As 3G is emerging as an alternative or back-up to traditional wireline connectivity options such as dial-up, frame relay and integrated services digital network, enterprises can leverage this technology for network redundancy and business continuity for critical applications. In case of a failure to prioritise mission-critical traffic, the company's information technology department can define which traffic can be permitted over the 3G high speed network.

The enhanced version of the technology, 3G HSPA also provides a number of benefits. It uses a higher order modulation of 16QAM in the downlink, which enables data transmission at a higher rate.This technology provides maximum data rates of 14 Mbps in the downlink.

Another major advantage of HSPA is the introduction of a shortened packet duration or time transmission interval (TTI).

Reducing the minimum TTI in a Release 99 system from 10 milliseconds to 2 milliseconds for HSDPA provides several advantages. It allows Node B to react more quickly to changes in the channel quality experienced by each user. More importantly, it reduces the latency associated with the transmission of each packet.The packet latency represents the delay between the data packet transmission and its successful reception and decode.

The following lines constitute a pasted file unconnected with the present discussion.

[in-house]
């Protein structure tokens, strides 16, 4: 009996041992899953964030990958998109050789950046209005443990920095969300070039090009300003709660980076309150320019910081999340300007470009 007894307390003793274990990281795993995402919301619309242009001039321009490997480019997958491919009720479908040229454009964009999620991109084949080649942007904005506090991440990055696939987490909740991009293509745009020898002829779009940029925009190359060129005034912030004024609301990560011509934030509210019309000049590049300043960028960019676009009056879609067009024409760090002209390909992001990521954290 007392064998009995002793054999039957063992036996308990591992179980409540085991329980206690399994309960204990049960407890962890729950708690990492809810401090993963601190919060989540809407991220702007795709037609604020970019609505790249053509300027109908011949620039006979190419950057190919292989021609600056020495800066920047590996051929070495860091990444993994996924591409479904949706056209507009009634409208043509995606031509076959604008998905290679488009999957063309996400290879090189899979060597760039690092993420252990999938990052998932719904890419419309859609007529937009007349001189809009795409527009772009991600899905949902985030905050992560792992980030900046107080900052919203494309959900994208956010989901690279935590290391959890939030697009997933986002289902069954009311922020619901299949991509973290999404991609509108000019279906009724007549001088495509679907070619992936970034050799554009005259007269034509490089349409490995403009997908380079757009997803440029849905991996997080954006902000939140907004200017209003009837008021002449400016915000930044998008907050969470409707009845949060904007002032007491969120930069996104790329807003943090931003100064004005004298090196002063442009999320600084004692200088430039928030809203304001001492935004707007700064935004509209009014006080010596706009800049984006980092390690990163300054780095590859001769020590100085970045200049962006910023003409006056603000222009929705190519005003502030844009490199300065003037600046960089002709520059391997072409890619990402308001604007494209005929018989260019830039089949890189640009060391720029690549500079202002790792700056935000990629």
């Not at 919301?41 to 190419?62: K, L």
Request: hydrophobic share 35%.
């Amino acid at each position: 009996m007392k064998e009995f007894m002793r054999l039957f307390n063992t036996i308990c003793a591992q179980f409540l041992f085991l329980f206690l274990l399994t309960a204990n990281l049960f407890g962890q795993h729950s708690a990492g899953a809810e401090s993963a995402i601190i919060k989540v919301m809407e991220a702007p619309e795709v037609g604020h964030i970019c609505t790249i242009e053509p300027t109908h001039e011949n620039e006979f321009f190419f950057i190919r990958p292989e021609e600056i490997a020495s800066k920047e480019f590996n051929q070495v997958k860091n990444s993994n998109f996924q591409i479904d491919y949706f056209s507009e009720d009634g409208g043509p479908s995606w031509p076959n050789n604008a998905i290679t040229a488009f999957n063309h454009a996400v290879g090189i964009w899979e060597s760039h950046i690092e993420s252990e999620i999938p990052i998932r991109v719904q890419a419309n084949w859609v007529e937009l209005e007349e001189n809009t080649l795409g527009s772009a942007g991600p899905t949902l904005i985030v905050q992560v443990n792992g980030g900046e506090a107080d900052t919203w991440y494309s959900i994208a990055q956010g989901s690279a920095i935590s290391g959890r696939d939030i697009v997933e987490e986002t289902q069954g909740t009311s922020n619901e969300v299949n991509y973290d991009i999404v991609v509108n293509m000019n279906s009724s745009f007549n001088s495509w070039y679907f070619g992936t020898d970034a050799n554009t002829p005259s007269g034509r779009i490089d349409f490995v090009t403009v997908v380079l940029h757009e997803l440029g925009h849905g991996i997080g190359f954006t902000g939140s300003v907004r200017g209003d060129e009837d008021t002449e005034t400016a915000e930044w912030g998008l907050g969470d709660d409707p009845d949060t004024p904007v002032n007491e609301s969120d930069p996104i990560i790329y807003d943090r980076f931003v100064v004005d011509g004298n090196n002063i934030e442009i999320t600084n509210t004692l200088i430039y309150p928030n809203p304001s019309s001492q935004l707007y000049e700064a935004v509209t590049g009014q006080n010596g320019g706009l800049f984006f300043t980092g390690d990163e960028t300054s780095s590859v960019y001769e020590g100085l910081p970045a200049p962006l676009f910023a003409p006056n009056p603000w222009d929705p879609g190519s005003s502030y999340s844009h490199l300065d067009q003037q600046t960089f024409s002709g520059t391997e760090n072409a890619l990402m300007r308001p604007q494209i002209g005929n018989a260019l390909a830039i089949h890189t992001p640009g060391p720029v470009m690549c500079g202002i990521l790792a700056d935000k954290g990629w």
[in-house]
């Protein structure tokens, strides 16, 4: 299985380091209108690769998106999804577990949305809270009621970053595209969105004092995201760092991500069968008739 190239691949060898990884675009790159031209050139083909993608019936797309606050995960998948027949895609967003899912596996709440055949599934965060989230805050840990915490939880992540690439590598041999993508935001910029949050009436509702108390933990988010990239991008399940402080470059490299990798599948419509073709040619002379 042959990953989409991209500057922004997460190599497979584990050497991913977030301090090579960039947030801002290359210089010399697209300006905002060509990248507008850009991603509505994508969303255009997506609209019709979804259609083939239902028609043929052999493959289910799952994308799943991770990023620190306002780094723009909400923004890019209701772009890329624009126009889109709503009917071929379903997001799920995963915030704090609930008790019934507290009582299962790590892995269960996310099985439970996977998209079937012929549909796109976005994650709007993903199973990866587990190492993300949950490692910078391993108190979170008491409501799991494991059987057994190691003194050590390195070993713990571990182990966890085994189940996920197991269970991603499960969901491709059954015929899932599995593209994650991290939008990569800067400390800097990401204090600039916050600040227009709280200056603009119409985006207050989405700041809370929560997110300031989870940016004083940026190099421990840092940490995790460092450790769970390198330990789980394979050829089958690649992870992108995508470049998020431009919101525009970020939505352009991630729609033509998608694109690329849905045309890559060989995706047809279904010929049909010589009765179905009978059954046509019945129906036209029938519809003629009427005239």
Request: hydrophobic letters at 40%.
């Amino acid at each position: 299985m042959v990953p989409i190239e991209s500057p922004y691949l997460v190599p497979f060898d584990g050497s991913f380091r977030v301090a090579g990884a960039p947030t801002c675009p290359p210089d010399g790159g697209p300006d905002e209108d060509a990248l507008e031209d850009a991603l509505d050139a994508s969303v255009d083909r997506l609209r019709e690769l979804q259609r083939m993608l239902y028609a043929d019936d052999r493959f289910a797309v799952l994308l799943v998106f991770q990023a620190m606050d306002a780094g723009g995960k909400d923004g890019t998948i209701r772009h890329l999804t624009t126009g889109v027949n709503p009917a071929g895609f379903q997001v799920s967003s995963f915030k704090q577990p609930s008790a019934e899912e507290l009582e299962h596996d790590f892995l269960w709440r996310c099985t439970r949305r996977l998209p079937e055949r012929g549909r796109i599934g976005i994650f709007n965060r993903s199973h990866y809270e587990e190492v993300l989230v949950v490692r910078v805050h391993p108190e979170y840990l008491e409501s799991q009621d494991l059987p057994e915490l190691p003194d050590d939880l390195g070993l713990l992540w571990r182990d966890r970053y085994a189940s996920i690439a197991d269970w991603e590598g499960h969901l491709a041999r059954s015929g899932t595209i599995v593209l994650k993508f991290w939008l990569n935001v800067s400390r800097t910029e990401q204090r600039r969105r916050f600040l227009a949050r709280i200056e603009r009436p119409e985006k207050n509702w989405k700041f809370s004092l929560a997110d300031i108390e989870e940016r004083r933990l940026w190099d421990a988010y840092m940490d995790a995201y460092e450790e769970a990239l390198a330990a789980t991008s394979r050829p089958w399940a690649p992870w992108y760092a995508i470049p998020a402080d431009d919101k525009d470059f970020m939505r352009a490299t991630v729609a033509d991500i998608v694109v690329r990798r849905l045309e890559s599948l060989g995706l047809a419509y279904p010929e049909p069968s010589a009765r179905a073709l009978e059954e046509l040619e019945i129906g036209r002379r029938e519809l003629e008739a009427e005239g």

For applications such as voice over internet protocol and interactive gaming, excessive packet latency degrades the quality of service. When coupled with hybrid automatic re-transmission request, which allows fast re-transmission of erroneous packets, the reduced latency on the network enables the mobile operator to offer a wider range of services.

For the network operator, 3G HSPA technology reduces the cost per bit carried and increases system capacity. This technology presents an attractive option for operators looking to increase revenues from data transmission, especially with the growth in data traffic. A further advantage of the 3G HSPA technology is that it can be rolled out by incorporating a software update into the system.

Key issues

While 3G has witnessed strong growth in global deployments, the technology has its share of problems as well. Globally, telecom operators need to be armed with a war chest to get a 3G service licence and may, in some cases, have to sustain large amounts of debt. This trend has been observed worldwide and more recently in India where 3G spectrum has been valued at over $2 billion.

3G is deployed further down the frequency bands compared to 2G, and hence the wavelength of the signal transmitted through this technology reduces. This limits 3G's area of coverage. Therefore, operators need to deploy more base stations to meet coverage and capacity requirements, which increases capex and opex. Accordingly, carriers are now evaluating femtocells as a solution to reduce costs and enhance indoor quality of service for the 3G technology.

The high price of 3G continues to deter its mass deployment. Initially, very few manufacturers supported the launch of the technology, and the first 3G phones were heavy, expensive and had limited battery life. While 3G handset prices have declined over the past few years (Qualcomm recently introduced a 3G handset at below Euro 100), they are still high when compared to 2G or 2.5G devices.